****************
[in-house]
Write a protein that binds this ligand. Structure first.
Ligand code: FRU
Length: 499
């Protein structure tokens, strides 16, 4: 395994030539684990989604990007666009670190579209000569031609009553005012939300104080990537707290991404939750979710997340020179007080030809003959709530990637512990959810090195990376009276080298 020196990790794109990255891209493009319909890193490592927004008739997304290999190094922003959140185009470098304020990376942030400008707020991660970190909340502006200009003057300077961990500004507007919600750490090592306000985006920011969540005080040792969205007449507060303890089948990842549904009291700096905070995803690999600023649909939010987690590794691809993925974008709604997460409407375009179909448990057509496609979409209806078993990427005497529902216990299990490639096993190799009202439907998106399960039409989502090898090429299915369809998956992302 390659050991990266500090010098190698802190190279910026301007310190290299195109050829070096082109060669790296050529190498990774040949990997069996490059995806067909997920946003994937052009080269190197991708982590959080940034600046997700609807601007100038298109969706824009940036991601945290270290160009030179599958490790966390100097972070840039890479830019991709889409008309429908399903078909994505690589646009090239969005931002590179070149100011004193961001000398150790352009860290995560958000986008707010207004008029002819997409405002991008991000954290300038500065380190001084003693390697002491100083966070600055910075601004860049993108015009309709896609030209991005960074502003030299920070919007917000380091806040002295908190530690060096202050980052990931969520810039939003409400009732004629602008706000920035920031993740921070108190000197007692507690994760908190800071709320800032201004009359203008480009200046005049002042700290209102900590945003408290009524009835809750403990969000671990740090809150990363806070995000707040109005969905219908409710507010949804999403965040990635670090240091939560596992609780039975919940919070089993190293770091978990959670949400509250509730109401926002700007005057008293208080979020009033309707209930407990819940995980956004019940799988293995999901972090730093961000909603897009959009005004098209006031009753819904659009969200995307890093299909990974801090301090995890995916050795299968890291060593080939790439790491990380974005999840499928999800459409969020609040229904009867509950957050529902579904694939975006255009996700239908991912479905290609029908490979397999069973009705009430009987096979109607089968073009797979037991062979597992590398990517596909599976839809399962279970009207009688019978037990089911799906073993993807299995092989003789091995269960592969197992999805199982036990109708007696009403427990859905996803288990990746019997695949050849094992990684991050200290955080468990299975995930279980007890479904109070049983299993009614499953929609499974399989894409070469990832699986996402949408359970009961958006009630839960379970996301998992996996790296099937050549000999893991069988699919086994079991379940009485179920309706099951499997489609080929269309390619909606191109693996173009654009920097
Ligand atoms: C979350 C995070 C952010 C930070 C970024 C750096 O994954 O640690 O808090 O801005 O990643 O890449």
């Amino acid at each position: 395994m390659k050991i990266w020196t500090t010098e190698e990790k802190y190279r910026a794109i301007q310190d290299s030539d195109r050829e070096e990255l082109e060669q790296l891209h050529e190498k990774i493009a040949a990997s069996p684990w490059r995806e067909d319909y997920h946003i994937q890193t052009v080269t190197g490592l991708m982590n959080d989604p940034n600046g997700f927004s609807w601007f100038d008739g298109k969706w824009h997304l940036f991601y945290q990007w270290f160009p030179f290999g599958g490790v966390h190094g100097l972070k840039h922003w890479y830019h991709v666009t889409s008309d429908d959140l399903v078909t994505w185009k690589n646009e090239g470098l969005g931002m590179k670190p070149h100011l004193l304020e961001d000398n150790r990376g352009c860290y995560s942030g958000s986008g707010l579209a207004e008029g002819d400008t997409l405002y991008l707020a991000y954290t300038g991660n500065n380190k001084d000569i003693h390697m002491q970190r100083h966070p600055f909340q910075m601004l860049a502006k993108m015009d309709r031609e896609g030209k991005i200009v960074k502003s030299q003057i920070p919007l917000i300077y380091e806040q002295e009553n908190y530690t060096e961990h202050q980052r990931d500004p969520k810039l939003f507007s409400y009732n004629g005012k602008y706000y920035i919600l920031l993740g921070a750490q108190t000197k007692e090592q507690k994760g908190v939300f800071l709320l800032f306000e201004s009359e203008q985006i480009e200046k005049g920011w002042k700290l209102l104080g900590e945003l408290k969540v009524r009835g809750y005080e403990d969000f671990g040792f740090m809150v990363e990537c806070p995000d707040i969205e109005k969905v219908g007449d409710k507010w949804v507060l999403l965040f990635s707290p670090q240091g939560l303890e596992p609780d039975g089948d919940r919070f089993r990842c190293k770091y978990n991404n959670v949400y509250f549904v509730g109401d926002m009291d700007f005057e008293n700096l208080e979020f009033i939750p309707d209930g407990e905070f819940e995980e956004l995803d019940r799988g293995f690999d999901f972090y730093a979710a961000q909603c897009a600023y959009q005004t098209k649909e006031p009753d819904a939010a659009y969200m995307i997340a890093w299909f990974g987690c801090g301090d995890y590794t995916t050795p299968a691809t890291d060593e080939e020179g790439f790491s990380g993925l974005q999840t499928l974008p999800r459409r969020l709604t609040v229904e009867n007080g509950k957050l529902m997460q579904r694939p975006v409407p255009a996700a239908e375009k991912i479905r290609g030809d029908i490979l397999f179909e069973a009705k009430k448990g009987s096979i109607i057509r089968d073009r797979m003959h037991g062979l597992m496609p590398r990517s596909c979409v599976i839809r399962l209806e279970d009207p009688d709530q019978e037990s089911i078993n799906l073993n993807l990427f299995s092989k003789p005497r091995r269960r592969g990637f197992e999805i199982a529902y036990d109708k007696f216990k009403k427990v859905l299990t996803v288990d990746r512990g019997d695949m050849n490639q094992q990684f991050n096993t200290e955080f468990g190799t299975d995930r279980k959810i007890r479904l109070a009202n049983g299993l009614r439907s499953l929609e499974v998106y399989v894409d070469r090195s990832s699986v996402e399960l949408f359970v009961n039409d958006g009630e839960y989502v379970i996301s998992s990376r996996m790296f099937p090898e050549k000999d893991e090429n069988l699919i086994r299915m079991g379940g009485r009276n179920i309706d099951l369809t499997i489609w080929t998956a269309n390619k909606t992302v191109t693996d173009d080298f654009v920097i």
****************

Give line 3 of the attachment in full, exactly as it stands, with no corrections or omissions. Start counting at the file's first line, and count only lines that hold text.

Ligand code: FRU